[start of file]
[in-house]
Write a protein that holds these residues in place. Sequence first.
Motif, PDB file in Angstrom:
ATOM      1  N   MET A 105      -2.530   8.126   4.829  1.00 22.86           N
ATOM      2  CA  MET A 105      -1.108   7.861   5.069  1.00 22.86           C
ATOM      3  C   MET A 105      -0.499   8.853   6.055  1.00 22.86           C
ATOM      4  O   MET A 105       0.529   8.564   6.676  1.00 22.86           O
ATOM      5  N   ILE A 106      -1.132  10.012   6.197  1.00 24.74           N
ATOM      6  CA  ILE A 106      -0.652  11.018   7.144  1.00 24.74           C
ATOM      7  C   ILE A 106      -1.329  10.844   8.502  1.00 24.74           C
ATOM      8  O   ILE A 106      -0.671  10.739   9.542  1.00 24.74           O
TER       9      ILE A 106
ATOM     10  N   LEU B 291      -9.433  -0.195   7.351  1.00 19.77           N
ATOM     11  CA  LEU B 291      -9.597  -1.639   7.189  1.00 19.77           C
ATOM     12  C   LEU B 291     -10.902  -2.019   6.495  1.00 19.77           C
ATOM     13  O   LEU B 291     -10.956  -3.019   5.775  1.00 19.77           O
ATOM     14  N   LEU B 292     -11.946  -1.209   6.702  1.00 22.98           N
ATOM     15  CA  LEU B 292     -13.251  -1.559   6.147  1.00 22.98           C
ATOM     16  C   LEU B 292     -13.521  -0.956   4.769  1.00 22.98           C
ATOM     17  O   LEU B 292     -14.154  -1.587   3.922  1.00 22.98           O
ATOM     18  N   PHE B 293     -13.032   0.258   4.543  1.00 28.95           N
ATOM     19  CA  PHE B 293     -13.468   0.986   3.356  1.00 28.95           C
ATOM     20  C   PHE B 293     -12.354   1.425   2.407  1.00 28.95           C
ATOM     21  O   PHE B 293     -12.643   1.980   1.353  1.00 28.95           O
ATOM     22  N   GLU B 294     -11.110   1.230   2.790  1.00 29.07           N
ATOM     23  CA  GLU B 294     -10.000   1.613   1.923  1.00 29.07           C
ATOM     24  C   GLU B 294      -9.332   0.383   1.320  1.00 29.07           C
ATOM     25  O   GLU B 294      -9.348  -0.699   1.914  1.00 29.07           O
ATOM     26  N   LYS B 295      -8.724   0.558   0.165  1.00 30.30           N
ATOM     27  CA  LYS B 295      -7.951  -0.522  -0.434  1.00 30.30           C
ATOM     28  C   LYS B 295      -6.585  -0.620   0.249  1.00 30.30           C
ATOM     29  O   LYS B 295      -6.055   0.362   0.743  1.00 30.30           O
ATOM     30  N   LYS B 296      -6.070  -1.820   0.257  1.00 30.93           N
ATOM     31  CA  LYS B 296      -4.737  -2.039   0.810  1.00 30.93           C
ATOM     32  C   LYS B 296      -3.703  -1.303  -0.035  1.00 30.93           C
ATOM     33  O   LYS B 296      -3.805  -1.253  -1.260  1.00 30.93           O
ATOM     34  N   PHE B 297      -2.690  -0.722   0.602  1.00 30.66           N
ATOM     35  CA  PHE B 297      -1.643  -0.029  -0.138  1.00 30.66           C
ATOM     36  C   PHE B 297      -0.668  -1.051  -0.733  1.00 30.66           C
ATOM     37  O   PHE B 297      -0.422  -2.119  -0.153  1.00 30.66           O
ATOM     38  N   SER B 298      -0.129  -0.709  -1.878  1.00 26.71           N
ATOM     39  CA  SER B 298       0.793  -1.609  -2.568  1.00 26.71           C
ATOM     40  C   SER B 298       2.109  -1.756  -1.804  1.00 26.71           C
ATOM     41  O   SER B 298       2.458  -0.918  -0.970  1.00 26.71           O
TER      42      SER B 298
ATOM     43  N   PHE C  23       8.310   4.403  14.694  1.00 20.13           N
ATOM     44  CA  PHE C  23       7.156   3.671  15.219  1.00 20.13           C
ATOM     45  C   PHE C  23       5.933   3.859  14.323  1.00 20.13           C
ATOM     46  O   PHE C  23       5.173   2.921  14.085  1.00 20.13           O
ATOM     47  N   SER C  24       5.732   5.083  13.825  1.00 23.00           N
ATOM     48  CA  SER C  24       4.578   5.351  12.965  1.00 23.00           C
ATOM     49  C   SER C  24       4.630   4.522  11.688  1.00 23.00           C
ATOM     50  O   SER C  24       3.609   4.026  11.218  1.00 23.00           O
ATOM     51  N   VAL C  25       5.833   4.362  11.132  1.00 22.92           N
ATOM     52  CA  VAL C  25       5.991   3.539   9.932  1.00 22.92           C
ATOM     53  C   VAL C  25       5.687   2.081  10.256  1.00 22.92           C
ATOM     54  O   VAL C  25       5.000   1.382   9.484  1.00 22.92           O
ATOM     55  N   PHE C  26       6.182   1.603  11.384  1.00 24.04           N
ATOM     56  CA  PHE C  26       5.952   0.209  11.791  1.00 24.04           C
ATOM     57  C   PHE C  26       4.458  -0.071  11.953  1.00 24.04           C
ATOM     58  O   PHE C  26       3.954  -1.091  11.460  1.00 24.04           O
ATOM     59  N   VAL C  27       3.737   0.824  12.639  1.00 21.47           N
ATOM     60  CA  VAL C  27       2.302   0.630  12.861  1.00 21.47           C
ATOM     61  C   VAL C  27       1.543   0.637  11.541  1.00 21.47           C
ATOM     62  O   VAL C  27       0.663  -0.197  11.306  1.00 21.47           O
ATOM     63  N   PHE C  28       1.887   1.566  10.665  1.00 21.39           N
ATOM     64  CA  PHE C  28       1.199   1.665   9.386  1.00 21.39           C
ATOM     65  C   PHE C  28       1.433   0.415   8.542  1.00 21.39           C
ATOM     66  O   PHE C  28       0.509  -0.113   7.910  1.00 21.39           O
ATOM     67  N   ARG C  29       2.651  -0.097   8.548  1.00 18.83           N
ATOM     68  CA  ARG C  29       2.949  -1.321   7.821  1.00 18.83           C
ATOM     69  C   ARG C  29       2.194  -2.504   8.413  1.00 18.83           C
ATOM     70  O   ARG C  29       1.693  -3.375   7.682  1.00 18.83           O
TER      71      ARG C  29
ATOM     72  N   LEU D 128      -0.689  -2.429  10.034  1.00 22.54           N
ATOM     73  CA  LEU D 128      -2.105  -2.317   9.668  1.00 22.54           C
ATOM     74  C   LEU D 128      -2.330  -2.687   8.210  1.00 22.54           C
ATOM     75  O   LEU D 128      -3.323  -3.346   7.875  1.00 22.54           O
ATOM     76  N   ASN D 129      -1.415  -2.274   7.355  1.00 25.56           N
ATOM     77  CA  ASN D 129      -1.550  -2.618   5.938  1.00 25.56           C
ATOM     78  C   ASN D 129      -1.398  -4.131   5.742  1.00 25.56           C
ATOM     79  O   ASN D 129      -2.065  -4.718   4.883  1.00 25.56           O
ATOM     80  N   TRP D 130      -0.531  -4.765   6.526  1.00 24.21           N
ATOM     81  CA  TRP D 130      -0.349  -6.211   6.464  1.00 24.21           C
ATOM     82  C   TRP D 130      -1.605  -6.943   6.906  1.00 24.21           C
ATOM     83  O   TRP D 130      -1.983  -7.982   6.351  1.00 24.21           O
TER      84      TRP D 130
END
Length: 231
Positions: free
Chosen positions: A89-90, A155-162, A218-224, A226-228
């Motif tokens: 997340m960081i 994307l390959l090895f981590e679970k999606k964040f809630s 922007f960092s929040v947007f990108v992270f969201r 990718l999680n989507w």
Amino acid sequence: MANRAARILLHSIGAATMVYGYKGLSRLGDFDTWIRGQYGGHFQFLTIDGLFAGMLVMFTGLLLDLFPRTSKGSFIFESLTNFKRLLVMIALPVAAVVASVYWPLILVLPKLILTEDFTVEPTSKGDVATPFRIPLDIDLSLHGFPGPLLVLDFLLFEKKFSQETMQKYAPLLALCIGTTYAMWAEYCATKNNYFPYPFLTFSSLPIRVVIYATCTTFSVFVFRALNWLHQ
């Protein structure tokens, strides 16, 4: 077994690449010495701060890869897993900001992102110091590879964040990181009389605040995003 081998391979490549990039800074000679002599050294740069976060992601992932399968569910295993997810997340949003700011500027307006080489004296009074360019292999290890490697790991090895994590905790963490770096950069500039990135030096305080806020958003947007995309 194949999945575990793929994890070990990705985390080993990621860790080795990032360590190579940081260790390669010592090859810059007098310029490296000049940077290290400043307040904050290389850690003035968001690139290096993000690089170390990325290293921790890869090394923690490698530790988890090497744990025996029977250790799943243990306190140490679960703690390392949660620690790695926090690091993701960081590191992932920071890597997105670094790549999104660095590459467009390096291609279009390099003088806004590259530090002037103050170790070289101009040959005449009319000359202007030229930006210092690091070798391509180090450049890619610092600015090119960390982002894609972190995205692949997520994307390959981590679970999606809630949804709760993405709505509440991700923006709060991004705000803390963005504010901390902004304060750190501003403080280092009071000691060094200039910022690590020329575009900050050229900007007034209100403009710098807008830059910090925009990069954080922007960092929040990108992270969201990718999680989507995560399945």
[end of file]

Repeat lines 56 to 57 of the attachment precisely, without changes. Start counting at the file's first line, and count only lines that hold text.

ATOM     53  C   VAL C  25       5.687   2.081  10.256  1.00 22.92           C
ATOM     54  O   VAL C  25       5.000   1.382   9.484  1.00 22.92           O